With the release of this new trailer, the only natural thing to do is to binge watch the "Harry Potter" series. Now, if you don’t know about "Harry Potter" series, I’m going to assume that you were born literally minutes ago. For those of you who do know what I’m talking about, let’s chat.

Throughout the series, we see some pretty rotten witches, wizards and muggles. The worst being Bellatrix LeStrange, in my opinion.

*Side note: Voldemort killed meticulously and with his own “reasoning” that supported his actions. Bellatrix killed for sport. No reason was necessary to support her choices. Regardless of who I thought was worse, it doesn’t change the fact that they were both 100% assholes.*

Throughout the movie, and even more so throughout the book, we are able to see slight character arcs for a majority of these lesser-evil villains, such as Petunia Dursley, Narcissa Malloy, Snape, and Draco Malfoy.

After Snape, Draco had one of the biggest character arcs in the series. He saved Harry and, ultimately, through his actions, gave Harry one last chance to defeat Voldemort. How? Well, Pottermore explains it best, but to put it simply, he refused to give Harry, Ron, and Hermione up to Bellatrix and the Snatchers.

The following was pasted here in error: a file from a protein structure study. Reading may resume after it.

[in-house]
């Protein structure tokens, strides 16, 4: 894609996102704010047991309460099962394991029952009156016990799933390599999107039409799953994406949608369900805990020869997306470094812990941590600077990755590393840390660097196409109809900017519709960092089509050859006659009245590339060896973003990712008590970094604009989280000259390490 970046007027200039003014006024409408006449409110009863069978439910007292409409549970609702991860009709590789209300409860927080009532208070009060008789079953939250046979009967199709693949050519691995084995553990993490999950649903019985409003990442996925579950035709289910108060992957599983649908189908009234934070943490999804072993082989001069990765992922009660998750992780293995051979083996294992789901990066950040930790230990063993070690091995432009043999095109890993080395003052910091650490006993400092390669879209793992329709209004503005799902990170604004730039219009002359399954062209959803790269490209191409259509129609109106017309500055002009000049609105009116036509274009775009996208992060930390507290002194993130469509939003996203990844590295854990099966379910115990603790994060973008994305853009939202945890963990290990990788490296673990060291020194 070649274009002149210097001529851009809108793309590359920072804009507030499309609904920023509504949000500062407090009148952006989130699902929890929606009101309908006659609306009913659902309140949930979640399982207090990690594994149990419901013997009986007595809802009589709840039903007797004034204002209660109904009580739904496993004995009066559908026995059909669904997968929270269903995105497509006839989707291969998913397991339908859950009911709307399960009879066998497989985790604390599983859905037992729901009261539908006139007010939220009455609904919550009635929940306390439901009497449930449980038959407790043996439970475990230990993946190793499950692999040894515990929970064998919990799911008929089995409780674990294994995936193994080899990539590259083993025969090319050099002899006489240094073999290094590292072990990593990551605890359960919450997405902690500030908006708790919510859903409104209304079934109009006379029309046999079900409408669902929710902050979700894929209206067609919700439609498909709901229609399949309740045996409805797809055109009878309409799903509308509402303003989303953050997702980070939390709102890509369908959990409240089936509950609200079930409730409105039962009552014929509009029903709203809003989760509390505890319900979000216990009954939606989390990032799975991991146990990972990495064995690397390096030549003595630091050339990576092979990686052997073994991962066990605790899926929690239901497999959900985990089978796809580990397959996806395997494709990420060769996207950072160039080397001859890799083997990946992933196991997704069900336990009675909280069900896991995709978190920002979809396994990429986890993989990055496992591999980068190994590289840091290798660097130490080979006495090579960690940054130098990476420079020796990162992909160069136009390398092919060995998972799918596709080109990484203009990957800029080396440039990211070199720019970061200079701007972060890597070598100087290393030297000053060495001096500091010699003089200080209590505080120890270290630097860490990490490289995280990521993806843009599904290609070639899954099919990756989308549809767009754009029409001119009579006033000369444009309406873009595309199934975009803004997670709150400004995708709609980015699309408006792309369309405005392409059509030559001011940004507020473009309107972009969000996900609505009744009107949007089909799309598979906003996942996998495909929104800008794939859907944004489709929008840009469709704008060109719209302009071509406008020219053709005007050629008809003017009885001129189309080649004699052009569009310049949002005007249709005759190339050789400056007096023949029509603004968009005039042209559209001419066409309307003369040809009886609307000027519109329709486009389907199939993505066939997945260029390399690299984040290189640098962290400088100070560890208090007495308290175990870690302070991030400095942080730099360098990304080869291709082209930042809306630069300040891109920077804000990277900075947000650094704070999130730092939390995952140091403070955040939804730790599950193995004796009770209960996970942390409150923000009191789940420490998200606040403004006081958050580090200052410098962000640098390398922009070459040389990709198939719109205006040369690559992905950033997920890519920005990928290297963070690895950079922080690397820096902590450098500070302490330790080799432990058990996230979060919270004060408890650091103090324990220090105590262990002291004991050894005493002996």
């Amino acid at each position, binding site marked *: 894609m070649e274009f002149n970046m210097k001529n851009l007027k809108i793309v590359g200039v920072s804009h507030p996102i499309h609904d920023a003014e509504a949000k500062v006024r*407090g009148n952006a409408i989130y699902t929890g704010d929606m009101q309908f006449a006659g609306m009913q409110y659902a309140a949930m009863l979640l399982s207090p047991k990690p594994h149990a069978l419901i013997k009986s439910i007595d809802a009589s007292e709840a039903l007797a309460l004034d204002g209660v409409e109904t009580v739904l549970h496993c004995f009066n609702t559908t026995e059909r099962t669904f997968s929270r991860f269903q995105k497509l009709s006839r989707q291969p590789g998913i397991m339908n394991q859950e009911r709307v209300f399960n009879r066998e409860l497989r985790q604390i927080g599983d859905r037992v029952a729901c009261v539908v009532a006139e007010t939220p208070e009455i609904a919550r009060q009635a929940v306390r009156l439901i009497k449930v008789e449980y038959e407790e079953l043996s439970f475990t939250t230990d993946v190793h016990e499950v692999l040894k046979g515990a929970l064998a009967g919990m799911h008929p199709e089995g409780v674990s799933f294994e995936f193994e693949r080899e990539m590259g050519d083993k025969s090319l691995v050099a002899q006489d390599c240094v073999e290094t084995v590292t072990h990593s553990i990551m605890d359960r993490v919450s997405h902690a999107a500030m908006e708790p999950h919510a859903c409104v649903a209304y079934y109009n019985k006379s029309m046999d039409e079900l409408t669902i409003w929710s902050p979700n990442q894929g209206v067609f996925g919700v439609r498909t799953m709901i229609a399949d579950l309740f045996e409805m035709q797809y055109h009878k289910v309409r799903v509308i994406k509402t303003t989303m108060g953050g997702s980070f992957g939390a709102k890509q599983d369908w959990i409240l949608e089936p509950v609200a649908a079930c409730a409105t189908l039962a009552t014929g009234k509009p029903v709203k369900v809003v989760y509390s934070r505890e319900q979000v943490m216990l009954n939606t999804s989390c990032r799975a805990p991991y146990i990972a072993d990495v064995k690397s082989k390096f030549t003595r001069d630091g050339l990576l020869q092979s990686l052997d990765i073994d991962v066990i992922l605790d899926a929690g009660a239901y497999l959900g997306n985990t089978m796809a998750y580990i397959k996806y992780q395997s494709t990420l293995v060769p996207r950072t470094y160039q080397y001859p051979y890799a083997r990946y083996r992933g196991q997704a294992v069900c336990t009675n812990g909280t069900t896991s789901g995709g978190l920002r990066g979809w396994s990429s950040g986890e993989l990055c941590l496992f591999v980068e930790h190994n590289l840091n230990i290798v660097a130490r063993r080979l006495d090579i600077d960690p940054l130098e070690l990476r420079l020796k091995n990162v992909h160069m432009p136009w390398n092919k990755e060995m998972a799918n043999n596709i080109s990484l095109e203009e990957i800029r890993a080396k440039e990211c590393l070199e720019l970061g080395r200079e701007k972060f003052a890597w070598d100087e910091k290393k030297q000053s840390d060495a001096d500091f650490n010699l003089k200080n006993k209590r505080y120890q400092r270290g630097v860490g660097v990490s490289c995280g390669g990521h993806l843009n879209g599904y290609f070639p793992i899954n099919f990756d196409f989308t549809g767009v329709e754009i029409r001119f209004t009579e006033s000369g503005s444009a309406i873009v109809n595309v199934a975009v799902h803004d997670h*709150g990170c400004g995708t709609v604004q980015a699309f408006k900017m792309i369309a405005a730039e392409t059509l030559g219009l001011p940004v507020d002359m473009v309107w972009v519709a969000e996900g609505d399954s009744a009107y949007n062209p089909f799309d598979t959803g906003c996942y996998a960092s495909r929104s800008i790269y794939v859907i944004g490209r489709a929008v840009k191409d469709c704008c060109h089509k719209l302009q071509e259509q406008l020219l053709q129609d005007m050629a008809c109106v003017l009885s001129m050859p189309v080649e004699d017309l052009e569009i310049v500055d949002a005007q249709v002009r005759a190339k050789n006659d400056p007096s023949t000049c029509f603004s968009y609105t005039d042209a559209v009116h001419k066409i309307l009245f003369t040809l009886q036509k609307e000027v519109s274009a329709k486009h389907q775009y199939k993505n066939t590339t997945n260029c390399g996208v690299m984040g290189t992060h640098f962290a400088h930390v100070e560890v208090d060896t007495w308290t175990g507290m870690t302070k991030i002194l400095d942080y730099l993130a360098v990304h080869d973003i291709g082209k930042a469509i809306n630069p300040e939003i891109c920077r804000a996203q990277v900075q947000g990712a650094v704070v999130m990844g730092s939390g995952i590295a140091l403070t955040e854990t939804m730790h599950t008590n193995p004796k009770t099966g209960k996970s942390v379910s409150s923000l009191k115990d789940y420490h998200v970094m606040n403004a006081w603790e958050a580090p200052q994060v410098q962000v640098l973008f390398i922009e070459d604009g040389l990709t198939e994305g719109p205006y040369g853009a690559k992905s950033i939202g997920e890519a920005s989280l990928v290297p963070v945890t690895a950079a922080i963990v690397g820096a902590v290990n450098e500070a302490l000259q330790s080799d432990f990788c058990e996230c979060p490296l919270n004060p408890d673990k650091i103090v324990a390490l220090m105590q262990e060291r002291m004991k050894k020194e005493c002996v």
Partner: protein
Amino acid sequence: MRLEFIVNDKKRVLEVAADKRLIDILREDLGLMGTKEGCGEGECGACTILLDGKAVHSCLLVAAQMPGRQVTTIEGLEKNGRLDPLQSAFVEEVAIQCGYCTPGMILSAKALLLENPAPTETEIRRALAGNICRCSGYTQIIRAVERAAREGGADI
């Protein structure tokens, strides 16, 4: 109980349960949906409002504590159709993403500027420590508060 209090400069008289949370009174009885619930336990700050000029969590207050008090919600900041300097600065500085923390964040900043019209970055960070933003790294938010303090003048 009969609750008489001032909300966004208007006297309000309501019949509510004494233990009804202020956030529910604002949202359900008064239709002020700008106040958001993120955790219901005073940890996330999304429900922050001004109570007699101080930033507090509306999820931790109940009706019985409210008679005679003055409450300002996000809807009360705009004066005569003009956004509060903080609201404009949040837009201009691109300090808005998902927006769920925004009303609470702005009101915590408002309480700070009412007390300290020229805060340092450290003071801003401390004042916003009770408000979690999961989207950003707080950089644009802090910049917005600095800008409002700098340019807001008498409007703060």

This moment is so pivotal and apparent in the books, yet on screen, while it’s still a huge moment, it still gets downplayed. The weight of the moment isn’t truly felt and could be taken as more of a mistake on Malfoy’s part. That moment, if not understood correctly, could change many viewers' opinions about Draco's transformation from elitist, bigot, selfish snob to a (slightly) unknowingly ignorant, scared, defeated teen.

Damnit, J.K. Rowling, you’ve done it again. Even after all these years, somehow I still always seem to find something new.

Now let’s talk about how the new movie will allow the Ministry to apparate onto Hogwarts?!

Cover Image Credit: Review Me Twice